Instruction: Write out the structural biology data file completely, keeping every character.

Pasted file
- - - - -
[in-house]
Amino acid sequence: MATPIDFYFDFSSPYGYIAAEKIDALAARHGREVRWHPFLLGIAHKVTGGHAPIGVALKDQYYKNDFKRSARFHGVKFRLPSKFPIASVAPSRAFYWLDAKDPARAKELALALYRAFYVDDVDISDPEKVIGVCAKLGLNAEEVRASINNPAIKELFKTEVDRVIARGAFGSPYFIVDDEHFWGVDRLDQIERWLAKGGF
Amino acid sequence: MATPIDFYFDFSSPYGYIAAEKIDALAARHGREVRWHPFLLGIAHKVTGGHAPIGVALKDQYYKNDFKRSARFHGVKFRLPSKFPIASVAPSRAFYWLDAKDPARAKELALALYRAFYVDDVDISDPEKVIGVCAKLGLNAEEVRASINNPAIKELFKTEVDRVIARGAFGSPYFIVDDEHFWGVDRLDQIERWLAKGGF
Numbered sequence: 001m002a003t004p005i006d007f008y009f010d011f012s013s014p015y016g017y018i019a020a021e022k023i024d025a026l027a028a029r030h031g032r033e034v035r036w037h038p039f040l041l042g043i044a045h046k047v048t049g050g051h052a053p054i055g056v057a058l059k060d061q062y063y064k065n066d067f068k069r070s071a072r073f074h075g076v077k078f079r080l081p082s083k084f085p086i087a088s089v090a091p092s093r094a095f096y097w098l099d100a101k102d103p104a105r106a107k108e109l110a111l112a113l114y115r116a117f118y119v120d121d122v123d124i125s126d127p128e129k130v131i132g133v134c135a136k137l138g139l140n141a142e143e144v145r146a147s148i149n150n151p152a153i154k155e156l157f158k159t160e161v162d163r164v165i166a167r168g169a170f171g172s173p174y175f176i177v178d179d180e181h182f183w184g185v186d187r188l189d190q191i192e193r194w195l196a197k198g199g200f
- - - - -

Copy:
[in-house]
Amino acid sequence: MATPIDFYFDFSSPYGYIAAEKIDALAARHGREVRWHPFLLGIAHKVTGGHAPIGVALKDQYYKNDFKRSARFHGVKFRLPSKFPIASVAPSRAFYWLDAKDPARAKELALALYRAFYVDDVDISDPEKVIGVCAKLGLNAEEVRASINNPAIKELFKTEVDRVIARGAFGSPYFIVDDEHFWGVDRLDQIERWLAKGGF
Amino acid sequence: MATPIDFYFDFSSPYGYIAAEKIDALAARHGREVRWHPFLLGIAHKVTGGHAPIGVALKDQYYKNDFKRSARFHGVKFRLPSKFPIASVAPSRAFYWLDAKDPARAKELALALYRAFYVDDVDISDPEKVIGVCAKLGLNAEEVRASINNPAIKELFKTEVDRVIARGAFGSPYFIVDDEHFWGVDRLDQIERWLAKGGF
Numbered sequence: 001m002a003t004p005i006d007f008y009f010d011f012s013s014p015y016g017y018i019a020a021e022k023i024d025a026l027a028a029r030h031g032r033e034v035r036w037h038p039f040l041l042g043i044a045h046k047v048t049g050g051h052a053p054i055g056v057a058l059k060d061q062y063y064k065n066d067f068k069r070s071a072r073f074h075g076v077k078f079r080l081p082s083k084f085p086i087a088s089v090a091p092s093r094a095f096y097w098l099d100a101k102d103p104a105r106a107k108e109l110a111l112a113l114y115r116a117f118y119v120d121d122v123d124i125s126d127p128e129k130v131i132g133v134c135a136k137l138g139l140n141a142e143e144v145r146a147s148i149n150n151p152a153i154k155e156l157f158k159t160e161v162d163r164v165i166a167r168g169a170f171g172s173p174y175f176i177v178d179d180e181h182f183w184g185v186d187r188l189d190q191i192e193r194w195l196a197k198g199g200f